A Mighty Book

As is the case with most books-to-film, the movie version can only encompass so much. A Mighty Heart (which opens today), is as sentimental as one might suspect, though of course the best details of the story are left within the pages of Mariane’s book. In the film version, Mrs. Pearl has many flashbacks of sweet moments spent with her husband as she works with the authorities to locate Danny.

The book has more of those moments, as well as Danny’s OCD habit of keeping lists on what he loves about the world and his wife, and a detailed memo to his bosses’ at the WSJ on the protection of journalists in hot zones, written after he returned from the Balkans in late 1999. It was very Jerry Maguire “mission statement,” only while Maguire's memo got him fired, Danny’s was simply ignored. His back up plan was the constant communication he kept with his wife, and her intuition was the alarm that went off the minute he was late for dinner the last night she ever saw him.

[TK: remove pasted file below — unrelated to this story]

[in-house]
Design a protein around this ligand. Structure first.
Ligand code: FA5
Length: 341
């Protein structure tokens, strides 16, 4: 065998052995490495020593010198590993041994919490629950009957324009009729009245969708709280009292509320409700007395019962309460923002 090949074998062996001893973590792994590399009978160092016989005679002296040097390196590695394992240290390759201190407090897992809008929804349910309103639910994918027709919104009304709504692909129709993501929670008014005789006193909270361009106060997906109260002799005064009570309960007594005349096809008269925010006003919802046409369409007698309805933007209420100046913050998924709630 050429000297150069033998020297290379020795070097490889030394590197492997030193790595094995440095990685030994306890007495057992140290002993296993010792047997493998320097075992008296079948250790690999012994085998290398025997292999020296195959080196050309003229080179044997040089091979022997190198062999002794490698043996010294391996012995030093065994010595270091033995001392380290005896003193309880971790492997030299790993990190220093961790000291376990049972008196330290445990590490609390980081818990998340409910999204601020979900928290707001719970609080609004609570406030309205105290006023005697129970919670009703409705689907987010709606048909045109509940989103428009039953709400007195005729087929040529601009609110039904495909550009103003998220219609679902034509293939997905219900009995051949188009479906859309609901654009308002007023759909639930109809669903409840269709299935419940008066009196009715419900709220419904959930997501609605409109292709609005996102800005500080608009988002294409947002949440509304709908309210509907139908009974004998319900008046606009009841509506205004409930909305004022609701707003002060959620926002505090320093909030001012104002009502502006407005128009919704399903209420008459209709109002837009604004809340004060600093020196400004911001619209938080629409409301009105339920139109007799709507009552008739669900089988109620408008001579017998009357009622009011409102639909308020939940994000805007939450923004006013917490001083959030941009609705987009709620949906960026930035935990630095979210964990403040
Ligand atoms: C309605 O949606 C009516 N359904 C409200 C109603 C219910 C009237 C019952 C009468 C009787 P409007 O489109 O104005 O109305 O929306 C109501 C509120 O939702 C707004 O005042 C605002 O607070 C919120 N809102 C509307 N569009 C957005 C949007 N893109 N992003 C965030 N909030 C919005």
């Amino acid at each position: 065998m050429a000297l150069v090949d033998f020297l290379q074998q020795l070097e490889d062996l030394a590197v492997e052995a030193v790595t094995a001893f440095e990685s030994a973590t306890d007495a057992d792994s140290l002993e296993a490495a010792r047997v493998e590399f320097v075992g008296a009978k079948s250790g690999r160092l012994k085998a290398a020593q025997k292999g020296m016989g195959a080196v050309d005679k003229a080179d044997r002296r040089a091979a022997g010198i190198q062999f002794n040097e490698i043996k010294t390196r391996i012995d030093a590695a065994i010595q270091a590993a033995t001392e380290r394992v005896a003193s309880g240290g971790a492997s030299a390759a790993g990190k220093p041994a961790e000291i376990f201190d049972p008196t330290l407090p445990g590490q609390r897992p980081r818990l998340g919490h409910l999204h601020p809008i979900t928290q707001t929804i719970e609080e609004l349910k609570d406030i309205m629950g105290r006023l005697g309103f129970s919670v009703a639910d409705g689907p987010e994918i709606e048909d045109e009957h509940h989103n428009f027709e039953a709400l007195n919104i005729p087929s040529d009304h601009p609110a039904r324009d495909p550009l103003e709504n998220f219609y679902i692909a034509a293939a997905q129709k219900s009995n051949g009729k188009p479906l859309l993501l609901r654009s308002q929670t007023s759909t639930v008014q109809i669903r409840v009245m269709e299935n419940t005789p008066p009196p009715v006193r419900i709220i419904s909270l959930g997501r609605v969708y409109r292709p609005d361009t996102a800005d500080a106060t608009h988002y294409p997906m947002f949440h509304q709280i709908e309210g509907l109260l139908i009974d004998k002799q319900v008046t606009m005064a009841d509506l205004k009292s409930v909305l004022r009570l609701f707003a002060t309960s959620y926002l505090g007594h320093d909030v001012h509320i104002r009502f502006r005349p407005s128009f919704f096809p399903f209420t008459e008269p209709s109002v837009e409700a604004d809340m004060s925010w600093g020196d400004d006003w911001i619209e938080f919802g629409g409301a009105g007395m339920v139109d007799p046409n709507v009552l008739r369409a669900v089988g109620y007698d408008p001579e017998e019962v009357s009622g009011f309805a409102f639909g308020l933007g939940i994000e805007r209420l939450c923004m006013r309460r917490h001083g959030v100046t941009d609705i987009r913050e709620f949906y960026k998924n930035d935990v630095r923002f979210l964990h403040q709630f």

Mariane is Buddhist and Danny Jewish, but both believe in truth above all else. She wrote, “We believe we can change the world by changing the way people think about one another.” Thus the reason they traveled around the world in search of stories to tell to anyone willing to read them.

In 2002, former colleague and friend Helene Cooper edited a book of Danny’s top 50 stories from the Journal, At Home in the World. It’s a terrific way to get to know the man through his work, and see how he took in the world and gave it back to us. A Mighty Heart, on the other hand, is the story of how he loved a woman and how that love made this world a better place for us all.

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